We’re out here every day, rain or shine, but it’s been mostly shine. And hot. But if we don’t get the job done, these historic places could be lost for good. And that would be bad.
New York, NY (PRWEB) August 15, 2012
One of the hottest summers in New York City history hasn’t stopped these twelve teens from preserving precious pieces of New York City’s history.
The often dirty dozen is working throughout the New York Harbor Parks System, removing invasive plants, building hiking trails, and restoring heritage-rich buildings. Work sites include Governors Island, Castle Clinton, and Miller Field.
“We’re out here every day, rain or shine, but it’s been mostly shine. And hot,” says 16-year old Sameer Shakur of Far Rockaway, next to a massive pile of exotic Giant Hogweed he’d pulled from the soil of Governors Island. “But if we don’t get the job done, these historic places could be lost for good. And that would be bad.”
Shameer and his crew mates are Youth Conservation Corps members working under the direction of the Student Conservation Association (SCA). SCA, celebrating 55 years as a national leader in youth service and stewardship, partners with agencies such as the National Park Service and the New York State Department of Environmental Conservation to provide youth with opportunities to protect public lands, learn outdoor skills, and gain career experience.
“The work these individuals are doing is important to the integrity of park resources and the harbor area’s ecology,” states SCA Crew Leader Pablo Galesi. “But the impact is just as great on the crew members themselves. They are developing connections with nature and a conservation ethic that will last a lifetime. And we’re also providing these young people with a professional pathway, which is especially critical in today’s challenging job market.”
SCA engages 4,000 young adults each year in all 50 states, in iconic national parks to quiet local sanctuaries. Its members perform a variety of crucial services, from habitat restoration to wildlife management and visitor services. National studies show that SCA and similar outdoor programs significantly increase participants’ strength and fitness, self-confidence, analytical skills and focus, and result in a greater commitment to conserve the natural environment.
All the same, pulling large quantities of tall weeds is backbreaking work. Even wearing gloves, your hands can get raw pretty quickly. And it seems no matter how many you yank from the ground, there are always more waiting. When asked if she was performing a thankless task, 17-year old Taquesha Dean smiles and shakes her head. “I’m working for the National Park Service, for my country, for my community,” Taquesha says. “This is the most rewarding thing I’ve ever done.”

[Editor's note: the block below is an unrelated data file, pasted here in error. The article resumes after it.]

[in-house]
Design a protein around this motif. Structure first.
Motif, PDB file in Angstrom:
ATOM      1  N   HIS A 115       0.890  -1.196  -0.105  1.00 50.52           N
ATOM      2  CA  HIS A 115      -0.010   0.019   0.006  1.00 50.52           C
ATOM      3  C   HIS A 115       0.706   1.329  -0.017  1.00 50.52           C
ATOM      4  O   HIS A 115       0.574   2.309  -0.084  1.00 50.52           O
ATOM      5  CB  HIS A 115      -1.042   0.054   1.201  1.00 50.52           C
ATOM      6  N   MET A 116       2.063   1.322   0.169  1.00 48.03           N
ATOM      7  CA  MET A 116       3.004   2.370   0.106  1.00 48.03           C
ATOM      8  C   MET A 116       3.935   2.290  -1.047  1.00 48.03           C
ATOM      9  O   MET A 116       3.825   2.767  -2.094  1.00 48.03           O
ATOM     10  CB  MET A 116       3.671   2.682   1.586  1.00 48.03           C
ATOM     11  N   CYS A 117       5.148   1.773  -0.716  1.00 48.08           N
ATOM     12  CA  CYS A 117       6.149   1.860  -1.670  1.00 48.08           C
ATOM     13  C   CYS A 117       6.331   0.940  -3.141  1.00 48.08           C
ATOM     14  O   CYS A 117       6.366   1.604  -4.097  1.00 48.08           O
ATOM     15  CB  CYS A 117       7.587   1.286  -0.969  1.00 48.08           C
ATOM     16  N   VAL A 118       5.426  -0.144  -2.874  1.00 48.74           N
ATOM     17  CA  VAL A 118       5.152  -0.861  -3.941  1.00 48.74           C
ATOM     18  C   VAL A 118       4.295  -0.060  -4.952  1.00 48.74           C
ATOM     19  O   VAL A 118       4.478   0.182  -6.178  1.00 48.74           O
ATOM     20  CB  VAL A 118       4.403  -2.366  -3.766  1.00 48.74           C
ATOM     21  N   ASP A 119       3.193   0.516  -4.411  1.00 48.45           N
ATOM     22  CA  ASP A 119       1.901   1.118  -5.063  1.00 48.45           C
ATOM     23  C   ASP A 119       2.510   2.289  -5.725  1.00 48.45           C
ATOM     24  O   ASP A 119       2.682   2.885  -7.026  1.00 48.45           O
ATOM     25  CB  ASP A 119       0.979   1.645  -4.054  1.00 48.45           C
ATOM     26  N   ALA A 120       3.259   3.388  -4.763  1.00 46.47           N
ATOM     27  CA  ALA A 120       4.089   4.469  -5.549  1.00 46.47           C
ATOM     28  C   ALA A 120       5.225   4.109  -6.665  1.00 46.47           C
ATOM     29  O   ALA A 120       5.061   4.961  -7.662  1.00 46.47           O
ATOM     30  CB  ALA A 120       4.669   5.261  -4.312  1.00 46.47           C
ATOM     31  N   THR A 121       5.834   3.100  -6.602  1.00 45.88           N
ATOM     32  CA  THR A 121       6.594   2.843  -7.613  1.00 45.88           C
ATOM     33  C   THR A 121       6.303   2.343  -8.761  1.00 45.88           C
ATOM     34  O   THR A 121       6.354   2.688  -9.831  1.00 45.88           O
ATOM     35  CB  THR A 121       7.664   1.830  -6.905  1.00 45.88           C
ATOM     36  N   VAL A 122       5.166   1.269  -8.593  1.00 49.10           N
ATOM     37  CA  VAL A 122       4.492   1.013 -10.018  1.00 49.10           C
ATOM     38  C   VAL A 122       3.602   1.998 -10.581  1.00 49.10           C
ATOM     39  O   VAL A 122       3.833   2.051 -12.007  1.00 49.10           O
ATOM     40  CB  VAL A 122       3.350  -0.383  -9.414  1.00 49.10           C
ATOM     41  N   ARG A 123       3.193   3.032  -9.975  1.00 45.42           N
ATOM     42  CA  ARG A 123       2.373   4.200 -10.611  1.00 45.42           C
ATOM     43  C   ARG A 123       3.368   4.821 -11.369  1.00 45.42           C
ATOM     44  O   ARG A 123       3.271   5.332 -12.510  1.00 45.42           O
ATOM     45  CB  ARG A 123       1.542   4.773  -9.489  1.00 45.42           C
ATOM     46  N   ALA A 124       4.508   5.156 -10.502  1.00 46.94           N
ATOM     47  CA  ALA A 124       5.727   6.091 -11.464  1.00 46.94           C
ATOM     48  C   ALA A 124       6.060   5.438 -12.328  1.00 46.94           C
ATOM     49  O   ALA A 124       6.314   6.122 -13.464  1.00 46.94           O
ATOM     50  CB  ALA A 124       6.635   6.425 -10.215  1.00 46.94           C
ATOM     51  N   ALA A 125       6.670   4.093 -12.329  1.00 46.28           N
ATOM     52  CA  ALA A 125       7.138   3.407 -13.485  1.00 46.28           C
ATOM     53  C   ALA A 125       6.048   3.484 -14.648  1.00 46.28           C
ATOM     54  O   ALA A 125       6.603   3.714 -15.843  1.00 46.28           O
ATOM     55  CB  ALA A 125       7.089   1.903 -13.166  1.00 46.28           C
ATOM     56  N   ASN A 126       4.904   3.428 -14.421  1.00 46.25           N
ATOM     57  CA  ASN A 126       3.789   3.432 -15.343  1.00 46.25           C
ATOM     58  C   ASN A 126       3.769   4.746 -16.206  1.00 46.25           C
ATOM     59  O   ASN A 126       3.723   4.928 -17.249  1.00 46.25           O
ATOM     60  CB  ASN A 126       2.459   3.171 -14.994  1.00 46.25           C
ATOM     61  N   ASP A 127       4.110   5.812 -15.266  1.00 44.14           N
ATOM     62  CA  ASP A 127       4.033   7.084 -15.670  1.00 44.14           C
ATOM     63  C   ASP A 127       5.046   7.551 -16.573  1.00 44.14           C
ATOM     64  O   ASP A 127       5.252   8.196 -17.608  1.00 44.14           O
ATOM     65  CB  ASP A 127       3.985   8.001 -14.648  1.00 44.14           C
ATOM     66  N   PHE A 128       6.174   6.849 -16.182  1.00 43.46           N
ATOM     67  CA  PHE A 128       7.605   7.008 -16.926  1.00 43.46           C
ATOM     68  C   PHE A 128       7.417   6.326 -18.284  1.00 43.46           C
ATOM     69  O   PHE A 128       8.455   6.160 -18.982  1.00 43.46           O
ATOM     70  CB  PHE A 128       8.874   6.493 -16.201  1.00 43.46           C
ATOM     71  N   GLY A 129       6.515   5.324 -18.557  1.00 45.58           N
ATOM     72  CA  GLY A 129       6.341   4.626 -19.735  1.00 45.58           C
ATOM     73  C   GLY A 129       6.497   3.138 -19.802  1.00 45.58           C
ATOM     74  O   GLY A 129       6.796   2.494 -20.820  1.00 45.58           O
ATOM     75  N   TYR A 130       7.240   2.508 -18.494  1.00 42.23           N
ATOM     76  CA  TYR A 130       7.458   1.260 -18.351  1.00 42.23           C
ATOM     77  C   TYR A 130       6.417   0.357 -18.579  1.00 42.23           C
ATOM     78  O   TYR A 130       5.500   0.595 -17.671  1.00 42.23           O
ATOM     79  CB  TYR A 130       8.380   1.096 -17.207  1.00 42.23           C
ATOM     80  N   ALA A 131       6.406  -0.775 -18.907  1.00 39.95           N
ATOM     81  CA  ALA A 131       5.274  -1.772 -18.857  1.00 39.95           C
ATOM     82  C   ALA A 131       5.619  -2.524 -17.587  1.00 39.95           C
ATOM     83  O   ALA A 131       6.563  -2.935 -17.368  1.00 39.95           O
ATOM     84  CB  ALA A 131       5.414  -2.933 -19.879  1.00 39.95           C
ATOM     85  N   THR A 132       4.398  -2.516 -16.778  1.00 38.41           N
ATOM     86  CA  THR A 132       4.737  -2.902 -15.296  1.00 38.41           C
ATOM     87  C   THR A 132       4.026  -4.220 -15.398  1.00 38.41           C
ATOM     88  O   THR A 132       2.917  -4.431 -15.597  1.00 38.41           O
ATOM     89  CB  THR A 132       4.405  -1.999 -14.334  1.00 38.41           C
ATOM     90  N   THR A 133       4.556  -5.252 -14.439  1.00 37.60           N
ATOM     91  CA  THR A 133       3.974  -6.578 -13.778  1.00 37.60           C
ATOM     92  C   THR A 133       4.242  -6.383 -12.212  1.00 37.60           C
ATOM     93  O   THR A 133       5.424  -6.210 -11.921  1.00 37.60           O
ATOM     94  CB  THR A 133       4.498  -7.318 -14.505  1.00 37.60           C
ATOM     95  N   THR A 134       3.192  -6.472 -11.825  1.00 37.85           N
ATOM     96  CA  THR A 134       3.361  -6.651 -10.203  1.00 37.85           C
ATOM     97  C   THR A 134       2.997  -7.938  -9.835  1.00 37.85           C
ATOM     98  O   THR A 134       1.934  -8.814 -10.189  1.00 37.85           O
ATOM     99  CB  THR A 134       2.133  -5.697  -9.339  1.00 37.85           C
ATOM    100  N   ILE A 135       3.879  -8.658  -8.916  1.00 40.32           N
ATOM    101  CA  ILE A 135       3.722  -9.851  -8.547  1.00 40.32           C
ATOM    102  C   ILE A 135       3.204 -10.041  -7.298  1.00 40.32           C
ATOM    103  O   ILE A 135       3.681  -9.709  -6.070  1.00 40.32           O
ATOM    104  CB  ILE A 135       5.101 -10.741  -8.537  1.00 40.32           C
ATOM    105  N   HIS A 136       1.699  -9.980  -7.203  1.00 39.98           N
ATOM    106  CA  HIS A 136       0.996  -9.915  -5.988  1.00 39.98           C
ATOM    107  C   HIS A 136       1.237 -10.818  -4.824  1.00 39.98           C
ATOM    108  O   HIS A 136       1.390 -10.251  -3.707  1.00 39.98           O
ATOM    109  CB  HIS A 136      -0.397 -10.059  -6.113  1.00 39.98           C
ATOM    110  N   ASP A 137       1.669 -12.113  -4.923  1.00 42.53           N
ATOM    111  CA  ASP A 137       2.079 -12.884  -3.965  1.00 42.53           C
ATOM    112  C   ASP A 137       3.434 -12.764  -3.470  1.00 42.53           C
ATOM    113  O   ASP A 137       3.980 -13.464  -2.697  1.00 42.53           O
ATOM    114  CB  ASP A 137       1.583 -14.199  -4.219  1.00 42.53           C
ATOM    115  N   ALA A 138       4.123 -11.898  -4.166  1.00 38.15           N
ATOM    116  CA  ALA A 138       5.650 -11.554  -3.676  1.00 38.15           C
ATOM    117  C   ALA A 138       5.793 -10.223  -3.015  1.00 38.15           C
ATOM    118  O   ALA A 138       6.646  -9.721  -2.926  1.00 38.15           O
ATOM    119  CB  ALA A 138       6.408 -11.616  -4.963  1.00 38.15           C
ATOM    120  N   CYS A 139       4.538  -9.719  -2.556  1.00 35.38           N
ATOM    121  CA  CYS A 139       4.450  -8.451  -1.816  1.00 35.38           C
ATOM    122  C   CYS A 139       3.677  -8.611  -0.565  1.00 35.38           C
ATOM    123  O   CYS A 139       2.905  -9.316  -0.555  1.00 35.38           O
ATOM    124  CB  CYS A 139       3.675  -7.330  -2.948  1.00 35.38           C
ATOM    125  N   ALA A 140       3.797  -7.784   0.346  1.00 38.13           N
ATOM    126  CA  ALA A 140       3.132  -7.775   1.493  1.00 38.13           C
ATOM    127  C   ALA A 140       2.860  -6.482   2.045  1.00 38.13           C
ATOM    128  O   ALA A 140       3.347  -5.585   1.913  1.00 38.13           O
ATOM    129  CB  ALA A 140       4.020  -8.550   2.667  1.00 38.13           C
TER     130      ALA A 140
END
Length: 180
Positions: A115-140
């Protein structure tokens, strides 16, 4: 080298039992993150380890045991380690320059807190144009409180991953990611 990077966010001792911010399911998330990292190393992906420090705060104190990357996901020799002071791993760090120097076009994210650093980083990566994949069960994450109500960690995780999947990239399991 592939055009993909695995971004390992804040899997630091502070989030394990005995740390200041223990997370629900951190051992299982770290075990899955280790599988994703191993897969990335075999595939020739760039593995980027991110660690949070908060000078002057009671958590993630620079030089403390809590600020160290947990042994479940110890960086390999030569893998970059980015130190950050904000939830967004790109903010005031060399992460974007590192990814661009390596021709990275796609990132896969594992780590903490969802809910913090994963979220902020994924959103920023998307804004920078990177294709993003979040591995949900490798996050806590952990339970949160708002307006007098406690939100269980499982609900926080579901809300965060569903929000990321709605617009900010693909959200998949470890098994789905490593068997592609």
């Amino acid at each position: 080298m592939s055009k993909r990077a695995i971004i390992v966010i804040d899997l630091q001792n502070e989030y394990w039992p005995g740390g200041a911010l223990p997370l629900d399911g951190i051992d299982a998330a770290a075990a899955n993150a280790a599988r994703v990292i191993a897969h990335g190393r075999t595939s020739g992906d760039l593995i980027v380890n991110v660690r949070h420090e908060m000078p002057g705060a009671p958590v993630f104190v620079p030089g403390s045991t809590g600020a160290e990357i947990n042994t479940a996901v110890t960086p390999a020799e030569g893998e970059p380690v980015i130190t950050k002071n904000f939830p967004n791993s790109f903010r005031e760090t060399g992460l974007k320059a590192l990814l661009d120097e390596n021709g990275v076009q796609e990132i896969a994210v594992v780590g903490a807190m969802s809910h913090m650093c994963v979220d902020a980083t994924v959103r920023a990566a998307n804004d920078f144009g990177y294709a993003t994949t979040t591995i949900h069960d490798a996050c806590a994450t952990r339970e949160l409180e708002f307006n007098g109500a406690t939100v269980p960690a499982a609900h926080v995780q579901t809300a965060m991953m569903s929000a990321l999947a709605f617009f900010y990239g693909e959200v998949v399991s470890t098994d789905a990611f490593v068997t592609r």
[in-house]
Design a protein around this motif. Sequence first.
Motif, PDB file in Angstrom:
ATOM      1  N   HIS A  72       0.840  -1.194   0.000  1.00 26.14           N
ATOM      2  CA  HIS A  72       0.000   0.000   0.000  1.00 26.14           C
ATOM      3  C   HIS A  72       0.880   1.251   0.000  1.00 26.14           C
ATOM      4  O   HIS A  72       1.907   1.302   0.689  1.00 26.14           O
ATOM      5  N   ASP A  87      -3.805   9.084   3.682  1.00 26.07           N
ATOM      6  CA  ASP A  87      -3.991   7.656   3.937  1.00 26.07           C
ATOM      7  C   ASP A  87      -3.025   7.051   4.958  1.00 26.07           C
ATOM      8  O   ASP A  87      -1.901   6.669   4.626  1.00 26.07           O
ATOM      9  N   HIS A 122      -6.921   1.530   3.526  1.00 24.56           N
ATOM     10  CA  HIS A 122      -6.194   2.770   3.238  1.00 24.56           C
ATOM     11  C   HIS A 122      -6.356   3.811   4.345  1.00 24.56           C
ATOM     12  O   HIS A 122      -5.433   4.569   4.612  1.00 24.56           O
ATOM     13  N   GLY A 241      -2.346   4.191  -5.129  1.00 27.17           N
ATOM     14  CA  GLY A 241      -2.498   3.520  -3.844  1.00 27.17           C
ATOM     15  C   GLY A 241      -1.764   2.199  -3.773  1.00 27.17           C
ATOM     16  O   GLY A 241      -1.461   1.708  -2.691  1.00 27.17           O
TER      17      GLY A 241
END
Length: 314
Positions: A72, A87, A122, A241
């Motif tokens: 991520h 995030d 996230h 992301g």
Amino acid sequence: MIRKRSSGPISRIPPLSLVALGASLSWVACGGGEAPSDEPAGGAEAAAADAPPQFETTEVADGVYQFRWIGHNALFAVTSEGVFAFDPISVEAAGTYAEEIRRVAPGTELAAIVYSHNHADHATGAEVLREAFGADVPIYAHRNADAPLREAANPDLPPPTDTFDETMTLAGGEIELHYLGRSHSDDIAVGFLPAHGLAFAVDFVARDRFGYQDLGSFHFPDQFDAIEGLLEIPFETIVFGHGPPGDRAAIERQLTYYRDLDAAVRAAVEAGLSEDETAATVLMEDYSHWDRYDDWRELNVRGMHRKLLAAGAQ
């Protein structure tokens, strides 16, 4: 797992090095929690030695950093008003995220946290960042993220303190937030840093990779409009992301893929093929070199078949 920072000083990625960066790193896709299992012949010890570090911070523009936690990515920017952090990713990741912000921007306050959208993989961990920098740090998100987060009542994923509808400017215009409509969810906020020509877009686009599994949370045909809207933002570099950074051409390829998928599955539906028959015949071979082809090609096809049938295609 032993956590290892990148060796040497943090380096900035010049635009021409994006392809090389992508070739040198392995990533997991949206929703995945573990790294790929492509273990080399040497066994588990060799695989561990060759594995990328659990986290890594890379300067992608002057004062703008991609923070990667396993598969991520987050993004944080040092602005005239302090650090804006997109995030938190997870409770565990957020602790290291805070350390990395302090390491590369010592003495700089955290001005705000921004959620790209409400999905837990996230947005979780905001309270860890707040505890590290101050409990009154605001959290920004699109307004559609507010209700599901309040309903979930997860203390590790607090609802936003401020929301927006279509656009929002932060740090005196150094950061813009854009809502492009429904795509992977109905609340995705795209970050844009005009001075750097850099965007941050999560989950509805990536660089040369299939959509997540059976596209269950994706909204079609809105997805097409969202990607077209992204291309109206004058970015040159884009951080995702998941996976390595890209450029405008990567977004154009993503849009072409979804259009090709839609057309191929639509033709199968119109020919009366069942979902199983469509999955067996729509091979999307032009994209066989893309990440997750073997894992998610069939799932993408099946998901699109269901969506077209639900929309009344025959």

At century-old Castle Clinton National Monument, Frank Tian, a 16-year old Brooklyn student, labors in the 98 degree heat to finish some concrete repairs. Once a fortification against the British and later an immigration center, the castle is now Frank’s workplace. “I never even heard of Castle Clinton till I started working here,” he notes. “But it’s been around since before the War of 1812. It’s a landmark. If we don’t preserve the past, what does that say about our future?”
About the Student Conservation Association
The Student Conservation Association helps tomorrow's conservation leaders take action for the planet by providing high school and college students with hands-on conservation experiences in all 50 states, from urban communities to national parks and forests. Since 1957, SCA has developed new generations of conservation leaders, provided America's youth with green job training and skill building, restored community green spaces, preserved our trails and recreation resources, and engaged millions of Americans in conservation service and outdoor education. SCA is a nonprofit organization headquartered in Washington, DC with offices in Boise, ID, Charlestown, NH, Chicago, IL, Oakland, CA, Pittsburgh, PA, and Seattle, WA.
Student Conservation Association
# # #